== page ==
Preserving Biodiversity in Disappearing Rainforests

Preserving Biodiversity in Disappearing Rainforests

 

Anecdotal observations of biodiversity on or next to the Purus Project include:

Scarlet Macaw (Ara macao)
Amazon River Dolphins (Inia geoffrensis)
Squirrel Monkey (Saimiri sciureus L.)
Great White Herons (Ardea alba)

One of the ways the Purus Project monitors biodiversity is by using motion-sensitive cameras to photograph medium-to-large mammals.  The motion-sensitive cameras took pictures of a short-eared dog and a jaguar, both considered near threatened by the IUCN Red List.  Also captured by the motion-sensitive cameras, are photos of a giant anteater and a lowland tapir, which are listed as vulnerable on the IUCN Red List.  Other wildlife photographed include a puma, otherwise known as a mountain lion, along with an ocelot.  Furthermore, the photograph of the short-eared dog is only the second photograph ever taken of a short-eared dog in the State of Acre!

 

Carbon offset credits at work!

 

Preserving Biodiversity in Disappearing Rainforests

dog

Preserving Biodiversity in Disappearing Rainforests

Preserving Biodiversity in Disappearing Rainforests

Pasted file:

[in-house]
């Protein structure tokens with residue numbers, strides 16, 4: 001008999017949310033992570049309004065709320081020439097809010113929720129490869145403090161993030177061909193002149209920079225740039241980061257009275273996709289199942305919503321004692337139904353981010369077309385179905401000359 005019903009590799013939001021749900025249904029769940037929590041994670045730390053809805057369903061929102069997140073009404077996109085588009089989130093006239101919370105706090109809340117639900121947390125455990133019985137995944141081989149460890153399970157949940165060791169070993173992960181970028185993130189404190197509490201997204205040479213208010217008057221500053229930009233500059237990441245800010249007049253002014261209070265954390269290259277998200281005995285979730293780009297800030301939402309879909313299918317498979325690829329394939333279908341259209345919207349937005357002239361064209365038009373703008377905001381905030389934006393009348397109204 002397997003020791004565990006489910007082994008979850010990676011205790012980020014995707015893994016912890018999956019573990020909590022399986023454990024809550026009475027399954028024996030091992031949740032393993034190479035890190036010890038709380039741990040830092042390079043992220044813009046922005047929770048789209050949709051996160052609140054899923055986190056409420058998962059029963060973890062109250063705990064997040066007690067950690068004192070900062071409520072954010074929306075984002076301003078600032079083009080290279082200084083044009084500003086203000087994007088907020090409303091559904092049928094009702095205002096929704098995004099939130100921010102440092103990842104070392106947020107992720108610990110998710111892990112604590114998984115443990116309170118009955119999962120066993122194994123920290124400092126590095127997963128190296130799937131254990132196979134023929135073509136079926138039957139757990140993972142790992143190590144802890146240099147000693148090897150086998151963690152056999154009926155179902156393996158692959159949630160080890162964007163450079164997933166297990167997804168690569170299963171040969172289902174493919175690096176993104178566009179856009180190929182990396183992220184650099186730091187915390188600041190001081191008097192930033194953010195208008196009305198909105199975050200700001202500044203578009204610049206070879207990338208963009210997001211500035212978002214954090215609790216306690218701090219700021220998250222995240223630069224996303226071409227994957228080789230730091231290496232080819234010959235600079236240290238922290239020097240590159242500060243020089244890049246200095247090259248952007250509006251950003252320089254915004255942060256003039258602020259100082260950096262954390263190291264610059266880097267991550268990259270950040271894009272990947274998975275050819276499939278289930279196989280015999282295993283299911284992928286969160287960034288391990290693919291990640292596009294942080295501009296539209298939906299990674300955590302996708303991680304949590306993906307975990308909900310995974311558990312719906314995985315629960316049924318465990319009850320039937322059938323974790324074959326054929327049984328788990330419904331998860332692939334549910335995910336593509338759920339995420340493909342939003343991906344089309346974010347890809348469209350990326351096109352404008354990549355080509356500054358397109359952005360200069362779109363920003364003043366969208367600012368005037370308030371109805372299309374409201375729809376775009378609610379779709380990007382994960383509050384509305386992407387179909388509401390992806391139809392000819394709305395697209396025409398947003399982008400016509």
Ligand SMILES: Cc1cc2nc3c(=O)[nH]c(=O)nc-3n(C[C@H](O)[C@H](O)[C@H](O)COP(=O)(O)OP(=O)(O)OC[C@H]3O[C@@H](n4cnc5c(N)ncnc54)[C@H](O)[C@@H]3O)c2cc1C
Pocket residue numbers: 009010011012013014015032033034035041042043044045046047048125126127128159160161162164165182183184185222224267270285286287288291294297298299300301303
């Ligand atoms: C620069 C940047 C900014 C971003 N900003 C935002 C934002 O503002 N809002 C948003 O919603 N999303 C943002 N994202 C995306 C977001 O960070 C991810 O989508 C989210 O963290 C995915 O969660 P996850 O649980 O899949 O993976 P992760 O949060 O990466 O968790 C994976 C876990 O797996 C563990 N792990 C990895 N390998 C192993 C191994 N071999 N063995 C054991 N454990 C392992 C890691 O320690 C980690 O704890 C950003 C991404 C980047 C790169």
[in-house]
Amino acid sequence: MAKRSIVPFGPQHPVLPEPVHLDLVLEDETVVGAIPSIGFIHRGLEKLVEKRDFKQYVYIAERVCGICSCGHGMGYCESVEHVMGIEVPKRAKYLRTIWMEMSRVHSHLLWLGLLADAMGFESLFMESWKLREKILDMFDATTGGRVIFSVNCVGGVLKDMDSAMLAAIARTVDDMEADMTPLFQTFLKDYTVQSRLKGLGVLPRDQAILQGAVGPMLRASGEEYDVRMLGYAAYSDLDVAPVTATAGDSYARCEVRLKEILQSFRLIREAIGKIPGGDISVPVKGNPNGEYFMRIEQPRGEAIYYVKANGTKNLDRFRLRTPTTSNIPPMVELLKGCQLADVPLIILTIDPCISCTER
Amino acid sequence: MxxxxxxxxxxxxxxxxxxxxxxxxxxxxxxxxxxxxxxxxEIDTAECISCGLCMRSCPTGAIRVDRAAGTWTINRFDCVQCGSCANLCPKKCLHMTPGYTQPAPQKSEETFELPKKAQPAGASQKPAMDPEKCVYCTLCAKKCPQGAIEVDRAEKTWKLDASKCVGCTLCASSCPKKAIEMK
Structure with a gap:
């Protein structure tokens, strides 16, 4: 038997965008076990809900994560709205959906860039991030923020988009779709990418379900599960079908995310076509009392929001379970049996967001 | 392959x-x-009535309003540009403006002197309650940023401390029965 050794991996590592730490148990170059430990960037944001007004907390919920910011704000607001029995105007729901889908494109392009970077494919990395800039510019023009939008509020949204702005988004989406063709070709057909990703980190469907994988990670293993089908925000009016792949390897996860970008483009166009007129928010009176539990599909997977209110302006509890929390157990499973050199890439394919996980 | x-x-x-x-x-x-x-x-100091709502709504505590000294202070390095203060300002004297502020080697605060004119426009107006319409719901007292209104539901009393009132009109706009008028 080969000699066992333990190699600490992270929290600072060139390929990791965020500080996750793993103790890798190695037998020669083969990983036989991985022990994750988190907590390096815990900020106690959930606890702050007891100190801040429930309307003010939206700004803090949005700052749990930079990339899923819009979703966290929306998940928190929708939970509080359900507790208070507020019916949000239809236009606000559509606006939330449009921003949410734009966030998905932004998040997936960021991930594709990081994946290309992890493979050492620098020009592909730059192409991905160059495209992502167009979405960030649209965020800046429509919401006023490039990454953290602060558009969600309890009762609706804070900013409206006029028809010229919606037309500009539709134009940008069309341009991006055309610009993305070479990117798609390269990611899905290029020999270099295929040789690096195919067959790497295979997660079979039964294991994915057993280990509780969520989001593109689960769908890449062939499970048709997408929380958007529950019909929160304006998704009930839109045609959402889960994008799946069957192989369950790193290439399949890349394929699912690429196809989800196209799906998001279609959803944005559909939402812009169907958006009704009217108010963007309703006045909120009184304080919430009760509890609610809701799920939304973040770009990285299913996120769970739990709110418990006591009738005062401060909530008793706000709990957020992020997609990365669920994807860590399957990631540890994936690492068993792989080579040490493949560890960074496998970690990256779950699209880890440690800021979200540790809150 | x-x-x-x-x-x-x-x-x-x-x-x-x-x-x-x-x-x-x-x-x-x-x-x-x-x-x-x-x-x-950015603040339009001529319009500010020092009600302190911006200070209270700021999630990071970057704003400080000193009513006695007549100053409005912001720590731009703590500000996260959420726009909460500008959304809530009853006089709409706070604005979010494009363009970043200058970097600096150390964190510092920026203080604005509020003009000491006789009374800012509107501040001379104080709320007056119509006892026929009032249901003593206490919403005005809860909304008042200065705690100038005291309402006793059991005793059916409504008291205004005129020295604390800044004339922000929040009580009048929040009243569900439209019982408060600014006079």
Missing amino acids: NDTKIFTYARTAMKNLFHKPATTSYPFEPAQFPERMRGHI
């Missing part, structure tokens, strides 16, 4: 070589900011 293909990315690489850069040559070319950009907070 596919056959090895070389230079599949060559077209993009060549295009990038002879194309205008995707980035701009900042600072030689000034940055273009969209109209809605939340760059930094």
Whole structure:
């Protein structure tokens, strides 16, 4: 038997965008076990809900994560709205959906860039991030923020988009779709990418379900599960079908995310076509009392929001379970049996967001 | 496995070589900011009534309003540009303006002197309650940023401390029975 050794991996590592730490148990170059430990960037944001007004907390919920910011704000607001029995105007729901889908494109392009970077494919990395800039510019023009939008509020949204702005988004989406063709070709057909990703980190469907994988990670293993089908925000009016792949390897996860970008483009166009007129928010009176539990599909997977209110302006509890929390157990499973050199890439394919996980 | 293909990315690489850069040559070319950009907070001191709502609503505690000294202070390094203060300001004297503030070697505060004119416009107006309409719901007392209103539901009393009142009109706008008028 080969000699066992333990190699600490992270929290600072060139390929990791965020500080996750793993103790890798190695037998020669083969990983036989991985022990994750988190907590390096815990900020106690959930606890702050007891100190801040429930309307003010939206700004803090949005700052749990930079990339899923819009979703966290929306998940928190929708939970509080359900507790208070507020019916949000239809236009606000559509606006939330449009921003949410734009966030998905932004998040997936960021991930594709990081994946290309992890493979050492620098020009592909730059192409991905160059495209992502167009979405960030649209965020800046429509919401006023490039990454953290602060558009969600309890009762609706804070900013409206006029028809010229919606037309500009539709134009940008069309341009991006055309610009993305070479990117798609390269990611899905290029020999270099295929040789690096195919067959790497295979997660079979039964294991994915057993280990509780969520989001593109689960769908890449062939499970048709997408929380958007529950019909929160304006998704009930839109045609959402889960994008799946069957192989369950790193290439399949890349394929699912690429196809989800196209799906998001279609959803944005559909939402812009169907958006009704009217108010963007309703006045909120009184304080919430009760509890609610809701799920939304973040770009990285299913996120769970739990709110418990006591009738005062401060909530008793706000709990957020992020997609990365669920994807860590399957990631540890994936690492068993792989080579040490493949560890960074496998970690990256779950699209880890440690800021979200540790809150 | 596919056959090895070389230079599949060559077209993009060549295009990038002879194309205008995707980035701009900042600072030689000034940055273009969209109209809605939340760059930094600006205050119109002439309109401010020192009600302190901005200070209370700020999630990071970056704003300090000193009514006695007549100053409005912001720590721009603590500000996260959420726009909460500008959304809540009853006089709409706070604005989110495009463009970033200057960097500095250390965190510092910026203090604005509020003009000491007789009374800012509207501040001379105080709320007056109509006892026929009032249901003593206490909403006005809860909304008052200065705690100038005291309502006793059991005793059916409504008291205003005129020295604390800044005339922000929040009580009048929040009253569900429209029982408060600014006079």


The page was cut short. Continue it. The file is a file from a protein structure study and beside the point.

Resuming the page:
Preserving Biodiversity in Disappearing Rainforests

 

 

 

Preserving Biodiversity in Disappearing Rainforests

About Brian McFarland

Brian McFarland is the Director of Carbon Projects and Origination for Carbonfund.org and CarbonCo.

At Carbonfund.org, Brian identifies climate change mitigation projects in the energy efficiency, renewable energy and forestry sectors, conducts due diligence on such projects, and then structures the financial support and manages the project portfolio.  This project portfolio includes approximately 75 tree planting and carbon reduction projects across 30+ US states and 15+ countries.  At CarbonCo, Brian identifies early stage forest conservation projects and then designs, finances, and implements the origination of REDD+ projects including co-authoring more than 1,000 pages of project documents.

Photos courtesy of Brian McFarland.

 


Friends

Written by Friends on June 18, 2014